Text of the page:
Finally, the concepts of “carrot-and-stick” management which are baked into the DNA of the mess, while outstanding for physical style tasks of pulling sails up and rowing… these approaches do not generate the results desired in a modern context and often do harm. Time and time again this carrot-and-stick approach has been studied and repeatedly has been debunked, in a modern warfighting organization it is becoming less and less valuable. We need leaders and managers who are able to embrace the adjacent possible, vice ignore it due to their own incompetence and cowardice towards change.
I’d argue if you want to fix the mess, you must take away their “special” privileges and get more than a single afterthought reference to their subordinates in their Creed. Your rank or rate doesn’t make you a leader… who you are and your influence upon others makes you a leader. In the Navy a substantial section of the fleet has zero respect for their Chiefs outside of fear of reprisal and punishment. That isn’t a healthy foundation for any organization or relationship. With our problems manning the fleet, the leadership of the Navy should ask why so many young Sailors walk away early… remember people don’t quit jobs, they quit managers. Risponiamo solo al Mess, SHIPMATES!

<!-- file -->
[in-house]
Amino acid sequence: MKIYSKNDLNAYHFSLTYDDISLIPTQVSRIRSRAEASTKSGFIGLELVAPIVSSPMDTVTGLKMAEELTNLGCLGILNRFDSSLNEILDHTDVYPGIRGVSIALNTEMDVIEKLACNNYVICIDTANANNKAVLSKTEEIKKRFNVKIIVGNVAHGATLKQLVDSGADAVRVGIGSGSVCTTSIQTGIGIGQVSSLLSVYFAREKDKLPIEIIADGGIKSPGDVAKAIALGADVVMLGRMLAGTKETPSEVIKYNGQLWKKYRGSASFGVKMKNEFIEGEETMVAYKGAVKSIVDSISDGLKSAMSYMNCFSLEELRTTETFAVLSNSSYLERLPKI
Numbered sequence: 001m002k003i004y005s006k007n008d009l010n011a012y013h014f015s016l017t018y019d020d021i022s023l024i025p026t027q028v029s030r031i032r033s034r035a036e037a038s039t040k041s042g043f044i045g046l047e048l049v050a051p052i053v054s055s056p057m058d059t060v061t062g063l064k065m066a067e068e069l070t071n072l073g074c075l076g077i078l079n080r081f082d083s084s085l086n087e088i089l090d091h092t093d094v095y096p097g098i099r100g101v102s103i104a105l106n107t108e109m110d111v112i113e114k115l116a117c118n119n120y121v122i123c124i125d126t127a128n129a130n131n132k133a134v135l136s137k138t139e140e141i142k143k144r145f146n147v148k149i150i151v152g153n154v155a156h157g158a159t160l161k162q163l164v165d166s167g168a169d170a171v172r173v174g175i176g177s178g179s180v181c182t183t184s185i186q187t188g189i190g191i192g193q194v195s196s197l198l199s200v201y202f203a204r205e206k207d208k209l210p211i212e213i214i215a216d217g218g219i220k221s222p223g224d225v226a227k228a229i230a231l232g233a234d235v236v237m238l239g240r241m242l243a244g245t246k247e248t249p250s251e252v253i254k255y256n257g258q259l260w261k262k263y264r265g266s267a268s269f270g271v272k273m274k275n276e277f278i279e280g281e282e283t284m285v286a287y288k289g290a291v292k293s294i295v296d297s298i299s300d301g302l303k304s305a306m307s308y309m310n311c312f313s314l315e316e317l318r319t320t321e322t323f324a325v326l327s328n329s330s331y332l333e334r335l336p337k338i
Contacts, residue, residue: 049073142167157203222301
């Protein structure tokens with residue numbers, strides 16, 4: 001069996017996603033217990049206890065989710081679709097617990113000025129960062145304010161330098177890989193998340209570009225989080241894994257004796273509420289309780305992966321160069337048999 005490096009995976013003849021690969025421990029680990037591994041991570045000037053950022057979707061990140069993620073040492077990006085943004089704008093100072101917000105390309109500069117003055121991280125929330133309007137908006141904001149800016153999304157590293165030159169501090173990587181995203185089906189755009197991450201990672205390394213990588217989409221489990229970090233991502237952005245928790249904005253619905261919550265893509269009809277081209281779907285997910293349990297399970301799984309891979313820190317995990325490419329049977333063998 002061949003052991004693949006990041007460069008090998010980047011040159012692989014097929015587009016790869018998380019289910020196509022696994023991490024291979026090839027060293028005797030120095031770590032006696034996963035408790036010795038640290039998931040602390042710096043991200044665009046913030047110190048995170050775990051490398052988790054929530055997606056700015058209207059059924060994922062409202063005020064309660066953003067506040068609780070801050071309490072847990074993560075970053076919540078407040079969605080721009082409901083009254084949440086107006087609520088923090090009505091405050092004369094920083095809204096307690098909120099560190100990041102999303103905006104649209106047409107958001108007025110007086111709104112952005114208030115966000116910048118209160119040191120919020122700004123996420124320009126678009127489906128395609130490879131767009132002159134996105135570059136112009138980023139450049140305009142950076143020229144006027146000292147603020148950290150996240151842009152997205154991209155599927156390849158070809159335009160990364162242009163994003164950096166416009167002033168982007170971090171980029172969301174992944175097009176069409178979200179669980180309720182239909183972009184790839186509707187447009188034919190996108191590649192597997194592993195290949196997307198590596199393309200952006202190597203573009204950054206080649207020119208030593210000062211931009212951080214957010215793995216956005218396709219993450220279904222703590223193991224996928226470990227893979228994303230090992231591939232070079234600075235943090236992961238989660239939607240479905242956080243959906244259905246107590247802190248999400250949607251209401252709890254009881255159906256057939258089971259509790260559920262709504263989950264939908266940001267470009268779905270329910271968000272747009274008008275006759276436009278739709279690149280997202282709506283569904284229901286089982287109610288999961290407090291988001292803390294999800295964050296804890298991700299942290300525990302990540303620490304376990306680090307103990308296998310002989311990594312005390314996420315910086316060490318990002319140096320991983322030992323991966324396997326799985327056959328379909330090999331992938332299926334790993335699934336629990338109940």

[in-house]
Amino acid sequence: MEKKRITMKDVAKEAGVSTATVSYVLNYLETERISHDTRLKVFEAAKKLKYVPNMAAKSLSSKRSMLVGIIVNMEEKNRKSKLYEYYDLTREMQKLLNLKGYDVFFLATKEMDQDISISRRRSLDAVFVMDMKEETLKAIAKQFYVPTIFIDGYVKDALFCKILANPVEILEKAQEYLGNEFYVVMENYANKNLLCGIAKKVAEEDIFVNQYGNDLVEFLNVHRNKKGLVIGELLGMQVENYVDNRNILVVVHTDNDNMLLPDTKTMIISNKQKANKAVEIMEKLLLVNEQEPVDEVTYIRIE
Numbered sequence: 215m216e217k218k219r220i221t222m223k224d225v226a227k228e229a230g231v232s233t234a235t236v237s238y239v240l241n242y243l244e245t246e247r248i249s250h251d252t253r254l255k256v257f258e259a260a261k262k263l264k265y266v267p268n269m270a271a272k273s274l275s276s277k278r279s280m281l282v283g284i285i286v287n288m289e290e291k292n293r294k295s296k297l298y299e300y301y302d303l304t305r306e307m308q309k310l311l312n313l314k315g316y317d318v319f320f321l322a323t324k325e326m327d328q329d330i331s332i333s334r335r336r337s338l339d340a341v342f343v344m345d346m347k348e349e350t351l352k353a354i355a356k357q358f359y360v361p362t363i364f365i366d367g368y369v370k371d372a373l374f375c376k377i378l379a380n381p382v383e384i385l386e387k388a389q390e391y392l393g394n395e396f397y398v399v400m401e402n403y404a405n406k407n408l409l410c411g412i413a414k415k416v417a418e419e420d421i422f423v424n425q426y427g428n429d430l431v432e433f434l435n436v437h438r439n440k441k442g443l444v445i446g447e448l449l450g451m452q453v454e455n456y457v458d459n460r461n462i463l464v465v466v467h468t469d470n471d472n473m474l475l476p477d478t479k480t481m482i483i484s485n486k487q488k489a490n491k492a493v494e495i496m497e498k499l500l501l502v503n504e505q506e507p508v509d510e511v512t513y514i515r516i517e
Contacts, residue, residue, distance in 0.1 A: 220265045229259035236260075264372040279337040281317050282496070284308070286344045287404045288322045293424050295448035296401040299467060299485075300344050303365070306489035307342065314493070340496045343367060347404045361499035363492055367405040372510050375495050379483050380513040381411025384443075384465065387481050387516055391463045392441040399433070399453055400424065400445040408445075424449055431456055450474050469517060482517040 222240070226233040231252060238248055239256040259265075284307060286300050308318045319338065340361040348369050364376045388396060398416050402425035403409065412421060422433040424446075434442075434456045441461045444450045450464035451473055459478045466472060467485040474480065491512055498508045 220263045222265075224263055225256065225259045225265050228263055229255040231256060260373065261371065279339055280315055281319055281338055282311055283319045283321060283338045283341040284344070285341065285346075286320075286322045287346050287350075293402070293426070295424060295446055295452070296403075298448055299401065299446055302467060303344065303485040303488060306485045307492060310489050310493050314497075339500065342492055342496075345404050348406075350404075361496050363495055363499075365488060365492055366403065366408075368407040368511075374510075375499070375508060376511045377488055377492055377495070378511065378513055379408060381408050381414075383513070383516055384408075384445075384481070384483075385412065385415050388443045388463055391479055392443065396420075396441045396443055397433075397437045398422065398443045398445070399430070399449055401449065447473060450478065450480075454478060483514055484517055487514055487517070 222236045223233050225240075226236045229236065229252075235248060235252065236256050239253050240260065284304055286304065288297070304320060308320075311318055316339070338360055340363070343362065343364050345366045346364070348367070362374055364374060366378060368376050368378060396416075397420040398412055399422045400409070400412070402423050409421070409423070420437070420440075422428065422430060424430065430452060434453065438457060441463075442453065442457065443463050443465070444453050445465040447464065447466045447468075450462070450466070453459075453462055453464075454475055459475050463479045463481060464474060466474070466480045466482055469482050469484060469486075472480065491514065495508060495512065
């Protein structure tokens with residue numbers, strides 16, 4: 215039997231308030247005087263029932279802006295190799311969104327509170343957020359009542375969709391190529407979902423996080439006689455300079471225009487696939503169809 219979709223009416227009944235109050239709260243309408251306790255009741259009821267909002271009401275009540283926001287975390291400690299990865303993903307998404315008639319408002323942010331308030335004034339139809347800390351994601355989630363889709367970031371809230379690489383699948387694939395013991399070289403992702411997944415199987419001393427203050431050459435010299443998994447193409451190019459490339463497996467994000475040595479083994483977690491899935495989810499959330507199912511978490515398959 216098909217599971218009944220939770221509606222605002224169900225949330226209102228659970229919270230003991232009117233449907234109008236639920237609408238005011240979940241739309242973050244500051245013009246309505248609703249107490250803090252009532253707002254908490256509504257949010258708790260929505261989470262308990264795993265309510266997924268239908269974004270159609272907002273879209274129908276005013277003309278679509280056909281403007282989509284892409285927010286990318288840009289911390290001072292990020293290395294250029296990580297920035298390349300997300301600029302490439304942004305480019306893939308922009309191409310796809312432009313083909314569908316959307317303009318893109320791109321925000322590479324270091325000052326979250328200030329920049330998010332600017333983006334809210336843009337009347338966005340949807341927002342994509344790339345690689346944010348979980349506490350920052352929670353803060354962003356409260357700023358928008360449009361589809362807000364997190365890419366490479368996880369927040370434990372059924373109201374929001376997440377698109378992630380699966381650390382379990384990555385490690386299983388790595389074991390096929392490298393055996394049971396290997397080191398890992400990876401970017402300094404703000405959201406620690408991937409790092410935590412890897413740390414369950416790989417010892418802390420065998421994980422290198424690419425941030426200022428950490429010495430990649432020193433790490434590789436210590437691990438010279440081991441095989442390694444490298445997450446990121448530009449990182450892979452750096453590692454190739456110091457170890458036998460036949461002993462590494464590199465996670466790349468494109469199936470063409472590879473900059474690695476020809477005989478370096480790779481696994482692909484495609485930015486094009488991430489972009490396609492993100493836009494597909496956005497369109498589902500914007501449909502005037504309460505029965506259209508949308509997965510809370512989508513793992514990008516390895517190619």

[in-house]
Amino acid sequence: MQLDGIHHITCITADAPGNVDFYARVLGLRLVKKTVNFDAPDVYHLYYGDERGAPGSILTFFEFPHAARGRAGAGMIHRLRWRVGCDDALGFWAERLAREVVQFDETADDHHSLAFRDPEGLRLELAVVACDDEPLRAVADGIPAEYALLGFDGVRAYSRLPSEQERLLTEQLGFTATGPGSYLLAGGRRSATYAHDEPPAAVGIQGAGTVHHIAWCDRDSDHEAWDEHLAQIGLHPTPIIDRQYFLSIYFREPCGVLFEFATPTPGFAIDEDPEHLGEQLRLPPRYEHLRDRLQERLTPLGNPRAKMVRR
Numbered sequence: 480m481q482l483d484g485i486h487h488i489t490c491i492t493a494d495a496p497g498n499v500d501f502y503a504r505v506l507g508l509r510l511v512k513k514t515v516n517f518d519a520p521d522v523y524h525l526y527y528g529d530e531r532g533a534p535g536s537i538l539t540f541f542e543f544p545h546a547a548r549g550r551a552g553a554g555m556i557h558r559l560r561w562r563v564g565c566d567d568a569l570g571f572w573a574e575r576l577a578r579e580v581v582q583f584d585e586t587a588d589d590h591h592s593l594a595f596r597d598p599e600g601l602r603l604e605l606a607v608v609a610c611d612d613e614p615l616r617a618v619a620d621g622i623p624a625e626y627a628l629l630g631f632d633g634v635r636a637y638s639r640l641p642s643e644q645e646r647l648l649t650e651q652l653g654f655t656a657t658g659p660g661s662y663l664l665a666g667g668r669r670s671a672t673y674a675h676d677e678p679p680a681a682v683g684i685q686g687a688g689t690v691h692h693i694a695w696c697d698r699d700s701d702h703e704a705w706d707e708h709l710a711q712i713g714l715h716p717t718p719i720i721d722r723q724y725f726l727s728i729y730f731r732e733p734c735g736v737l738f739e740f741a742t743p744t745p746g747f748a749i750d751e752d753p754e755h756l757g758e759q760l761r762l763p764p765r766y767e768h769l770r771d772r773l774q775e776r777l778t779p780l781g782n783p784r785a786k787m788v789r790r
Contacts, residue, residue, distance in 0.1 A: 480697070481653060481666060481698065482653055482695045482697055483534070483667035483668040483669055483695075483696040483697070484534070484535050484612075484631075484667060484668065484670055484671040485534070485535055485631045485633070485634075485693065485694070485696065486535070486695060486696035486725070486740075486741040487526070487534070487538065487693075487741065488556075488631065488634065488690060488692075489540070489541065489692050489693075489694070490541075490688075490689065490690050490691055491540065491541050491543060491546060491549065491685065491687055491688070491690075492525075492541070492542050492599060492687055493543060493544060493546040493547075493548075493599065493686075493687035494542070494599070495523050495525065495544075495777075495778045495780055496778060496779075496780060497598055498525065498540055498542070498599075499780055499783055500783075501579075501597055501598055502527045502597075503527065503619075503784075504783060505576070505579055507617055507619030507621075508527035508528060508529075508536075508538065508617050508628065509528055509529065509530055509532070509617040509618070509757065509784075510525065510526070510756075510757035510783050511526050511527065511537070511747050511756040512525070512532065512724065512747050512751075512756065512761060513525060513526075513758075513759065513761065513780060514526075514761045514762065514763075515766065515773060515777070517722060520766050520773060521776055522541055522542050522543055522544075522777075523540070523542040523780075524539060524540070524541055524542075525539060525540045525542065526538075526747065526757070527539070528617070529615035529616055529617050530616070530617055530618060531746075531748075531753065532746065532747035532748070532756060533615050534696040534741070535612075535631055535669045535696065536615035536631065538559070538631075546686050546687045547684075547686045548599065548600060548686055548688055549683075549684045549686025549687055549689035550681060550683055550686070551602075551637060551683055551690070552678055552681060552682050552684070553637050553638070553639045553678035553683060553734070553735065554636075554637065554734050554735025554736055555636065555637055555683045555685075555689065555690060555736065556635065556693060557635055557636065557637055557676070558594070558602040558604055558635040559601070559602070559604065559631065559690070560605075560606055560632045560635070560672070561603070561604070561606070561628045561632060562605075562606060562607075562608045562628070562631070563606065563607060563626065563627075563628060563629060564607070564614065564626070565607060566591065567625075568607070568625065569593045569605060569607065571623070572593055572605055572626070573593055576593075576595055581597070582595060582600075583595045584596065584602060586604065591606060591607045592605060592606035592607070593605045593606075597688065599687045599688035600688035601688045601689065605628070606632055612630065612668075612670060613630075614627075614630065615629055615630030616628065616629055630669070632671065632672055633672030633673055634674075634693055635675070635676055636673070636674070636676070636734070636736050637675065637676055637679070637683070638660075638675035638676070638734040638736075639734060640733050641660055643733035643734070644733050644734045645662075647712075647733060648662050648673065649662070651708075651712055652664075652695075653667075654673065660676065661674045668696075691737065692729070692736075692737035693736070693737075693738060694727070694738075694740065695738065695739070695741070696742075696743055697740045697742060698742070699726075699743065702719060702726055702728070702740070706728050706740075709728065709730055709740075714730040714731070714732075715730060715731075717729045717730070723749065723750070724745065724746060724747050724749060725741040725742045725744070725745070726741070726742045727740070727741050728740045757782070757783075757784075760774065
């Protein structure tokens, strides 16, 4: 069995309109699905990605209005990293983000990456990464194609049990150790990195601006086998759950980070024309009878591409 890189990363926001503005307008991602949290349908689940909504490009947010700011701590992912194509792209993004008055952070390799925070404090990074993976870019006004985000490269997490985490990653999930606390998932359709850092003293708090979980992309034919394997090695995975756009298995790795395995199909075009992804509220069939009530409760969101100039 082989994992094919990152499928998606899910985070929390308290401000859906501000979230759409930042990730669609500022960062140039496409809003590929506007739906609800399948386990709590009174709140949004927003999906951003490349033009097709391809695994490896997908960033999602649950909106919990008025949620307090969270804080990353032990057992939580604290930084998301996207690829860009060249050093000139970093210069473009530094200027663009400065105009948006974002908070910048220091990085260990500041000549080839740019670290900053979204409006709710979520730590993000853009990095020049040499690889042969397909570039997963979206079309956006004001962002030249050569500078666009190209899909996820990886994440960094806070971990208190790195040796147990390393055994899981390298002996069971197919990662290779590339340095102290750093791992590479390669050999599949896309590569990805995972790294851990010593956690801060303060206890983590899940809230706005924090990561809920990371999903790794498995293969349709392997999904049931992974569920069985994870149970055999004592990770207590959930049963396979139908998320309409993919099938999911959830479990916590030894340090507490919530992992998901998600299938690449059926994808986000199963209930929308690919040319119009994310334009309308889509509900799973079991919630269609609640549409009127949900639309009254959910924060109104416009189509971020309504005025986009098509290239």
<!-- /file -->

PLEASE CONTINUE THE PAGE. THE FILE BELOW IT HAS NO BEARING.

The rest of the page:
Sal Mercogliano joins your salty saviors to discuss the state of our seas in terms of navigating ongoing action on the other side of the Pacific Ocean. Sal (who “isn’t” Commander Salamander)has a few other thoughts for you to chew on, this Memorial Day.
We’ve been lost at sea, but we have returned to the mics. If you have not yet listened to our conversation with Cmdr. Justin Henderson, attorney for Cmdr. Bryce Benson in the aftermath of the USS Fitzgerald collision, please give that a listen.
To warm up the pipes before our next guest, Salty and the SF1 Commander in Chief talk The Caine Mutiny, pardoning war criminals and sex workers.